"This is a doping business," said Attorney General Michael Lehner.
It was in the middle of the Ski World Cup Seefeld in February 2019 that Operation Aderlass, the police raid against the doping network, started.
Two hours before the start of the men's 15-kilometer race, Austrian police arrested nine people, five of them active skiers, on suspicion of blood doping.
Three skiers were set free after confessing, including Max Hauke who was caught with a syringe in his arm.
23 athletes involved
Now that the trial is starting in Munich against the German doctor Mark Schmidt, there are 23 skiers and cyclists from eight nations among those involved, but more names may emerge.
- There are more athletes involved, the network has been larger, says public prosecutor Michael Lehner according to AFP.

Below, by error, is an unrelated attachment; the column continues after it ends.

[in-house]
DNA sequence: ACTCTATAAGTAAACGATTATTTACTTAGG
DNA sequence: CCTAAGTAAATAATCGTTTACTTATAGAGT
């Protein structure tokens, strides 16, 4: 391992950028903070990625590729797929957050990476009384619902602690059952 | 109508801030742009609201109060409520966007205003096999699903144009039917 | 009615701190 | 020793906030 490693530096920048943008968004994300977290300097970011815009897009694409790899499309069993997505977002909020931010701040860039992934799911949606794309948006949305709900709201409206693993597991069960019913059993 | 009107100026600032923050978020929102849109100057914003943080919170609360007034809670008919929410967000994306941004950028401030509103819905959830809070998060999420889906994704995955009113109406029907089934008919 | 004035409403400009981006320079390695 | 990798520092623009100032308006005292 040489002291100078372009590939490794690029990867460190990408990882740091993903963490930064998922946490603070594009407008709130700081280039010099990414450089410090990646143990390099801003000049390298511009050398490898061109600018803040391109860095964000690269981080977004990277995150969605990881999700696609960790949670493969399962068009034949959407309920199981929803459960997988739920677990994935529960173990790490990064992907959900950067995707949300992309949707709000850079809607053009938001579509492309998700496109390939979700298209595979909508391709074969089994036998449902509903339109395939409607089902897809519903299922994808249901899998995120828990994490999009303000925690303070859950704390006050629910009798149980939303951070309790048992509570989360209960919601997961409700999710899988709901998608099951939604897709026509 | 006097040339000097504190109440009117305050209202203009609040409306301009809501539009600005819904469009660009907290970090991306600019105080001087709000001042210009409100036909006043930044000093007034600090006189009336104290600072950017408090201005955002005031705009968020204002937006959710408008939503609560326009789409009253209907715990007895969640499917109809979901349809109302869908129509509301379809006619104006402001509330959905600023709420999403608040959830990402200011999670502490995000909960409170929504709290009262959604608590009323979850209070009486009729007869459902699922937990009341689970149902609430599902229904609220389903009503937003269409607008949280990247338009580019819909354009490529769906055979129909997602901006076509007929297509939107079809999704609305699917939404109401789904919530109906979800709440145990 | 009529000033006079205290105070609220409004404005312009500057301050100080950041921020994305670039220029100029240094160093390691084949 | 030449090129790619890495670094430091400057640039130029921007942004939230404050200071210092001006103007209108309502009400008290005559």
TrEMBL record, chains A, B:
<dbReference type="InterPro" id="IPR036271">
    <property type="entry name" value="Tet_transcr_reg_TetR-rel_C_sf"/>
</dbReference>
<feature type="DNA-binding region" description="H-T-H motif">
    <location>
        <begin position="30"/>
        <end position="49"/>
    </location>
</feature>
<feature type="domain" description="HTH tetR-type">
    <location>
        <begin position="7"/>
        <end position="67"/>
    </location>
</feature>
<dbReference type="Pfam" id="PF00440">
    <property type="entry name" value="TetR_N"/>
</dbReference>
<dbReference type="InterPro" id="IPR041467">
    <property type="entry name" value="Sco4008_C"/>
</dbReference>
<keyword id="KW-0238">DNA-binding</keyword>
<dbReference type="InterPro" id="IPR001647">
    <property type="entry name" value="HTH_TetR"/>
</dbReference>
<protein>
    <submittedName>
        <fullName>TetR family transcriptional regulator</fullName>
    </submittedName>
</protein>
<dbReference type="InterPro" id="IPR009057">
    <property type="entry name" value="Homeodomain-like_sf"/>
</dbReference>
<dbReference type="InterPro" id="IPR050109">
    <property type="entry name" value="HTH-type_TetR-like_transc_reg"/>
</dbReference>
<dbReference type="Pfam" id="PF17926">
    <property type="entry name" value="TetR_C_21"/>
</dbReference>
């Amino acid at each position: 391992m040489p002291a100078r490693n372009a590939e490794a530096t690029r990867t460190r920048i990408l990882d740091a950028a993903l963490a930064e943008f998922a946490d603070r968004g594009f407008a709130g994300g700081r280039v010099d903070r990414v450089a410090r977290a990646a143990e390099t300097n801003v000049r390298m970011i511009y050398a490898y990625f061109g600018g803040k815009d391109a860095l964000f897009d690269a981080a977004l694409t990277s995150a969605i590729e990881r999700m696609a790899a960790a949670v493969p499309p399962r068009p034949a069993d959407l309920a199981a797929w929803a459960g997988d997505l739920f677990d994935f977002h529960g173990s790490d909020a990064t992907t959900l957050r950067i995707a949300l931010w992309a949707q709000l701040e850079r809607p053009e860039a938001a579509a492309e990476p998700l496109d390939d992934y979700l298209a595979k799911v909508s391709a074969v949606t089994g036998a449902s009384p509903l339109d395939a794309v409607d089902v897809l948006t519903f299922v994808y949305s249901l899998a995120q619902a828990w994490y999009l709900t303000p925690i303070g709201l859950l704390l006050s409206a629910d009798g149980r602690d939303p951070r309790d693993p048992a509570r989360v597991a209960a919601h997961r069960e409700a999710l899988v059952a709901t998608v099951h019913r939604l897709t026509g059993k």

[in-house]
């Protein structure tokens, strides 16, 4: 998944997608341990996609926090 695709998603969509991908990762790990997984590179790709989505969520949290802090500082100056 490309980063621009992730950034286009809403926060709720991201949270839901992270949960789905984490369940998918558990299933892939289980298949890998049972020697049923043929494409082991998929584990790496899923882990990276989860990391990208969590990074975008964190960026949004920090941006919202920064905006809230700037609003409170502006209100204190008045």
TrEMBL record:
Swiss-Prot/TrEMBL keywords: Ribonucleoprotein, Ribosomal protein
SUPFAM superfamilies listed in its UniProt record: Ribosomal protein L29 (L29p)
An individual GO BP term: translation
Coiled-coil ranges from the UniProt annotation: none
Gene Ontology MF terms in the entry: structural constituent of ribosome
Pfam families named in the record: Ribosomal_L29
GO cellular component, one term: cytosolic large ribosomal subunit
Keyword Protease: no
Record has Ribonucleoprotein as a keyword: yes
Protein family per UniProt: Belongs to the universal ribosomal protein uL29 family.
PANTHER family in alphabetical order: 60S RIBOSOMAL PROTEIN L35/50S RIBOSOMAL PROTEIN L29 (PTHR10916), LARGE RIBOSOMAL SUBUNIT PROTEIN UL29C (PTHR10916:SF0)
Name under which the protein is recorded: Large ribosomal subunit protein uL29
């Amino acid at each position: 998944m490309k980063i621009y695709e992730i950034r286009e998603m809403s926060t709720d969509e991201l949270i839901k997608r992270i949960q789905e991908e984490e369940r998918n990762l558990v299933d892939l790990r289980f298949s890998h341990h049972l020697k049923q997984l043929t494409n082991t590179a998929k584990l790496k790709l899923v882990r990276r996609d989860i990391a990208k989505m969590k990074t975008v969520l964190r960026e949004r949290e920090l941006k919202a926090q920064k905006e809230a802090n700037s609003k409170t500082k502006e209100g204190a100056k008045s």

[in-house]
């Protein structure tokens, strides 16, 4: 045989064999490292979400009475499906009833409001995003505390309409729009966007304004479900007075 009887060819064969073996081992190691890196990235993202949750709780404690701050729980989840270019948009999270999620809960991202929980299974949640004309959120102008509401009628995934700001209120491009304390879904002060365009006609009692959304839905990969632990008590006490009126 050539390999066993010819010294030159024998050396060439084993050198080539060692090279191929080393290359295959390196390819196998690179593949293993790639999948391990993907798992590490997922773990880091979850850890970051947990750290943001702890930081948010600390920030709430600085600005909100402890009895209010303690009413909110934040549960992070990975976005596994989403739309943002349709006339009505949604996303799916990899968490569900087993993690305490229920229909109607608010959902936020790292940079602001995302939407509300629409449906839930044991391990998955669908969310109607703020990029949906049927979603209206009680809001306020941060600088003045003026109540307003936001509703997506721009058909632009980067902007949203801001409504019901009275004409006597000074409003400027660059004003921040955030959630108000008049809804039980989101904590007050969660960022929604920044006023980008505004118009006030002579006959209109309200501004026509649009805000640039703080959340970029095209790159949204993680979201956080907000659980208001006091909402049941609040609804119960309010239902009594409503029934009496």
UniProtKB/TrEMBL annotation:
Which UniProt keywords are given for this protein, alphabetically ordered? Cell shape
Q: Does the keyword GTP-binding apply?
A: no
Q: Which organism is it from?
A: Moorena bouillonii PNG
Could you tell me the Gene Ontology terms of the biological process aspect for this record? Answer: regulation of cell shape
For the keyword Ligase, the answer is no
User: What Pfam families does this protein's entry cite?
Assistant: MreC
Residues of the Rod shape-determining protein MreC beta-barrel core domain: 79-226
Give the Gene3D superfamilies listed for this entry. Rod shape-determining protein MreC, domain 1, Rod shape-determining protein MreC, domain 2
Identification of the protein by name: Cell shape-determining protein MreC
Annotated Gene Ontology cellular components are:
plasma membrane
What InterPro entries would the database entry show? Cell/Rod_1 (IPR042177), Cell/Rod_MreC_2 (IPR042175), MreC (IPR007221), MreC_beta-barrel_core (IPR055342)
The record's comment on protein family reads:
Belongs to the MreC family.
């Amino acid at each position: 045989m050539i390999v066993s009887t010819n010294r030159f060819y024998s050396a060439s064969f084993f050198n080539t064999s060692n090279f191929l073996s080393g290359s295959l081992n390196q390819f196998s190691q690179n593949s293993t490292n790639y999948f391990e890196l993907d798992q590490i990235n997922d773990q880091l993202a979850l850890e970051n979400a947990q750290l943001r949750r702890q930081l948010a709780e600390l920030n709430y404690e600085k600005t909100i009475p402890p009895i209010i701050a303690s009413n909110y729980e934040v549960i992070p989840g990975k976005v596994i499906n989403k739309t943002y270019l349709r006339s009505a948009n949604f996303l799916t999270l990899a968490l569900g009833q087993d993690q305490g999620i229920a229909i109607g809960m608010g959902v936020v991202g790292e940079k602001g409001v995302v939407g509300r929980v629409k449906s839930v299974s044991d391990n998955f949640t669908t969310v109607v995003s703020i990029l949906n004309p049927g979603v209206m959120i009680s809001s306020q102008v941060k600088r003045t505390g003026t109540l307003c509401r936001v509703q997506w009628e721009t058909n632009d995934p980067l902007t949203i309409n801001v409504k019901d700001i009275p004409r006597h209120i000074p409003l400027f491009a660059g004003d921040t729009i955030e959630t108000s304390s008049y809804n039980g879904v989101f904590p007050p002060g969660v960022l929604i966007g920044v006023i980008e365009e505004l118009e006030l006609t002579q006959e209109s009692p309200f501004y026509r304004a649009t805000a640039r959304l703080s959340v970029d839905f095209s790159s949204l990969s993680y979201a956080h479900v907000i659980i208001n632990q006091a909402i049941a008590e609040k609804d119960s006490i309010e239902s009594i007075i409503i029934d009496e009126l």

- One must not forget that this is about business with a hard currency - money.
It's not about active people doping themselves, this is a business in doping.
During the investigation, prosecutor Kai Graeber said that large amounts of evidence had been found and about 30 witnesses had been called to the trial, which is expected to continue until the end of December.
May have helped Olympic activists
No big sports stars are among the now suspects, but Schmidt is accused of having helped athletes who participated in the 2014 and 2018 Olympics to dope themselves.
And according to the indictment, writes AFP, he is also accused of having doped cyclists who competed in the 2016 Olympics as well as in the Tour de France, Giro d'Italia and Spain around the last few years.
Six years ago, the Austrian skier Johannes Dürr was caught doping during the Olympics in Sochi.
It was the starting shot for the investigations that led to Operation Aderlass.